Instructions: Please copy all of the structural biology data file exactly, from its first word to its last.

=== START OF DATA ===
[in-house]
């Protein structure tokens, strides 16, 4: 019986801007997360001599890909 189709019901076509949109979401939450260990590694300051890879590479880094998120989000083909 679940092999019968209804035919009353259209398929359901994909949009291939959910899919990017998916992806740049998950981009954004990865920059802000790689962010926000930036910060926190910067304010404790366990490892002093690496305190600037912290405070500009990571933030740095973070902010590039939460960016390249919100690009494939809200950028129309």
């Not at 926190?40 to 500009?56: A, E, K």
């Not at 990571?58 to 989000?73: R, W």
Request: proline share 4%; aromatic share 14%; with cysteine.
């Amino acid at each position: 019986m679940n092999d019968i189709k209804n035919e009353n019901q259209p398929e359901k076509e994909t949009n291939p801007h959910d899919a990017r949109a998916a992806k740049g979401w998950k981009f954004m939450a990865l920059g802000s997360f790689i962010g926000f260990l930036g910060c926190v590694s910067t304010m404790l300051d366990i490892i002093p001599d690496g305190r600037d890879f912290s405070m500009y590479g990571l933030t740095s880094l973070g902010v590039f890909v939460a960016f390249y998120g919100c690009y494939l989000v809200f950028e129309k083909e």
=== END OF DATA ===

[in-house]
């Protein structure tokens, strides 16, 4: 019986801007997360001599890909 189709019901076509949109979401939450260990590694300051890879590479880094998120989000083909 679940092999019968209804035919009353259209398929359901994909949009291939959910899919990017998916992806740049998950981009954004990865920059802000790689962010926000930036910060926190910067304010404790366990490892002093690496305190600037912290405070500009990571933030740095973070902010590039939460960016390249919100690009494939809200950028129309």
């Not at 926190?40 to 500009?56: A, E, K």
């Not at 990571?58 to 989000?73: R, W």
Request: proline share 4%; aromatic share 14%; with cysteine.
């Amino acid at each position: 019986m679940n092999d019968i189709k209804n035919e009353n019901q259209p398929e359901k076509e994909t949009n291939p801007h959910d899919a990017r949109a998916a992806k740049g979401w998950k981009f954004m939450a990865l920059g802000s997360f790689i962010g926000f260990l930036g910060c926190v590694s910067t304010m404790l300051d366990i490892i002093p001599d690496g305190r600037d890879f912290s405070m500009y590479g990571l933030t740095s880094l973070g902010v590039f890909v939460a960016f390249y998120g919100c690009y494939l989000v809200f950028e129309k083909e």